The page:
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These riveting, first-hand accounts of the real old West will change everything you thought you knew about cowboys and Indians—and reveal how the early settlers shaped the future of Texas before, during and after the Civil War. Saddle up with the men, women and teenagers who blazed the cattle trails north to Dodge City and beyond.
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George W. Saunders
GEORGE W. SAUNDERS had the foresight and initiative to be the driving force in publishing The Trail Drivers of Texas (1925), a book that has been called the principal source on cattlemen and cattle drives, from which The Gruene Cowboy was adapted.

“The early settlers and old trail drivers did more toward the development of (Texas) than all other things combined, and it would be the father of all mistakes to allow the record of these men to go down in unwritten history," Saunders explained.
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The Cowboy
Hundreds of long-dead Texas cowboys who risked their lives driving cattle up the trails between the 1860s and 1890s return to life in this monumental, single-source on the old-time Texas trail drives.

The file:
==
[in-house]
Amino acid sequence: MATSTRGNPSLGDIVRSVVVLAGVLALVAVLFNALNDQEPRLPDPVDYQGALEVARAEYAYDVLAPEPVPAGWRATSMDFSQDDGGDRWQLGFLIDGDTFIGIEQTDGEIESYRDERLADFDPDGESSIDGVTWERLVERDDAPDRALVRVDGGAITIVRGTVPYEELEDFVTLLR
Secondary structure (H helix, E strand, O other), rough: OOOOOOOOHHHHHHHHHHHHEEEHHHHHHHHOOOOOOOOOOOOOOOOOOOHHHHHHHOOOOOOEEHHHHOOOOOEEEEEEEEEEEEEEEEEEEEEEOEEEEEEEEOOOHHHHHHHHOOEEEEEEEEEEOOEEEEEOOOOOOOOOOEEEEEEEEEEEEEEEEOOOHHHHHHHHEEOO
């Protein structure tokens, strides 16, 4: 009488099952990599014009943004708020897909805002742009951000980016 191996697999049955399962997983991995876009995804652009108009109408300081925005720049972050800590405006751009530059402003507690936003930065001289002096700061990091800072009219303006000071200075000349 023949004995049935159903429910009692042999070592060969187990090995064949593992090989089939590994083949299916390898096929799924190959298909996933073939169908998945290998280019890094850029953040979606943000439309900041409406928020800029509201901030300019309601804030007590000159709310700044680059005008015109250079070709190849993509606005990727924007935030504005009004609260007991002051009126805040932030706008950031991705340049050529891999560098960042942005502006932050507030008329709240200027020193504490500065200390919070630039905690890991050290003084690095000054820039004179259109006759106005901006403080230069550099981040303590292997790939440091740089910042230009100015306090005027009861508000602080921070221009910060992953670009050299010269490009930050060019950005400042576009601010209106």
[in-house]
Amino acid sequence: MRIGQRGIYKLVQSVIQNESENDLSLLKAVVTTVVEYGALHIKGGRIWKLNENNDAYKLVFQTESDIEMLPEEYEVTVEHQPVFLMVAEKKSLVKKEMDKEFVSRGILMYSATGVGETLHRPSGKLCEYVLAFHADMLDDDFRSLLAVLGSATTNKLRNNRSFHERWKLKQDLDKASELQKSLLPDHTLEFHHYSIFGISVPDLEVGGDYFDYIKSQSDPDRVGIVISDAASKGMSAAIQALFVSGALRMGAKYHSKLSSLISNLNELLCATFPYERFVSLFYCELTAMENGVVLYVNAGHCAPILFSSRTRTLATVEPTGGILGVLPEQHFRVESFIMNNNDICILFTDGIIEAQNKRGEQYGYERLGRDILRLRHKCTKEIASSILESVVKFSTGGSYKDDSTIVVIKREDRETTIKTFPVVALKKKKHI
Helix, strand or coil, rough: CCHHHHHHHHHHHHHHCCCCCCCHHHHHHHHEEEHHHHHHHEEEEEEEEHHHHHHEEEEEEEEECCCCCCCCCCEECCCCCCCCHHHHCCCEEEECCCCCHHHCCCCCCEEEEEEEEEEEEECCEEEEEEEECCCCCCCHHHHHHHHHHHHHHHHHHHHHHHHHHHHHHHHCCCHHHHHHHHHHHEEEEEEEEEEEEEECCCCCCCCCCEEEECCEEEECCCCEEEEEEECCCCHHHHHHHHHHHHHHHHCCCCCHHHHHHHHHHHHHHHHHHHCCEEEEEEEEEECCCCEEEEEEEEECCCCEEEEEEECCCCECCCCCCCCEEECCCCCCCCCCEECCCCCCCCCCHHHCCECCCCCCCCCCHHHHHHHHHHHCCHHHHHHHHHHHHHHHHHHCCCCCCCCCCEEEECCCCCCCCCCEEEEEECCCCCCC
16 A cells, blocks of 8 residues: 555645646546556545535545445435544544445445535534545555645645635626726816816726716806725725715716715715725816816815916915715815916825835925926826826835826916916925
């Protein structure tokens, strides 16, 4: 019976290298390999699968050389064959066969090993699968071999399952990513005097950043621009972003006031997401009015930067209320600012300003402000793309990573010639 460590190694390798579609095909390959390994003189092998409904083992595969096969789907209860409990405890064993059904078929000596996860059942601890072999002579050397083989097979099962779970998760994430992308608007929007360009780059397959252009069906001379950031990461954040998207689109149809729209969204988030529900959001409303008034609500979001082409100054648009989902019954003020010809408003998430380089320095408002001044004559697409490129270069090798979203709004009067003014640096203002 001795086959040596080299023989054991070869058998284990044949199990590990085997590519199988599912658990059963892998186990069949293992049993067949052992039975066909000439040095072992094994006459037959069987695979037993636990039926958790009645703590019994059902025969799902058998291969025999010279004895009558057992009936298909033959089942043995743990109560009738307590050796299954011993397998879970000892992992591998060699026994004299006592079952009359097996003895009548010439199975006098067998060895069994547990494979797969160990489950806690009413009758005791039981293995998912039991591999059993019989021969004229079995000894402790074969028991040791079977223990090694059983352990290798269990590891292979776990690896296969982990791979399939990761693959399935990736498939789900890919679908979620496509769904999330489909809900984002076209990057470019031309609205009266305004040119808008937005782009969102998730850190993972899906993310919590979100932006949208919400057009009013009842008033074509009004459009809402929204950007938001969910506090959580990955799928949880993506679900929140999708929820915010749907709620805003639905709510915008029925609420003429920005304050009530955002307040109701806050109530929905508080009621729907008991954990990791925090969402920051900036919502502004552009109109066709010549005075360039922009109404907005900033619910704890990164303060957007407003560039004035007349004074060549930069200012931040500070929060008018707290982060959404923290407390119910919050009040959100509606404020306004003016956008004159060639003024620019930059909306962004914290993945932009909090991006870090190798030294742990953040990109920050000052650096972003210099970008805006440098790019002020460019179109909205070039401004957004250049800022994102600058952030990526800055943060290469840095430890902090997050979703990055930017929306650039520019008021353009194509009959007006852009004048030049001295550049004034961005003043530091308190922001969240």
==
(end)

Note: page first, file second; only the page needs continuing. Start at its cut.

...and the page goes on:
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Quanah Parker
Born to a white mother and Indian father, Quanah Parker was the last chief of the Comanche Indian tribe. He was a familiar figure to many of the cowboys as illustrated in The Gruene Cowboy.
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What They’re Saying

“Absolutely the best source there is on the cattle trail.”

–Walter Prescott Webb, historian, author and president of the Texas State Historical Association
The Gruene Cowboy shines a new spotlight on the fantastic stories captured in the original Trail Drivers of Texas.”
“The most monumental single source on the old-time Texas trail drives north to Kansas and beyond.”

–Elmer Kelton, Dallas Morning News
Why Wait?
The Gruene Cowboy printed and e-book editions are available from
Amazon.com, Barnes & Noble, and other quality book retailers.
Get Your Copy Now!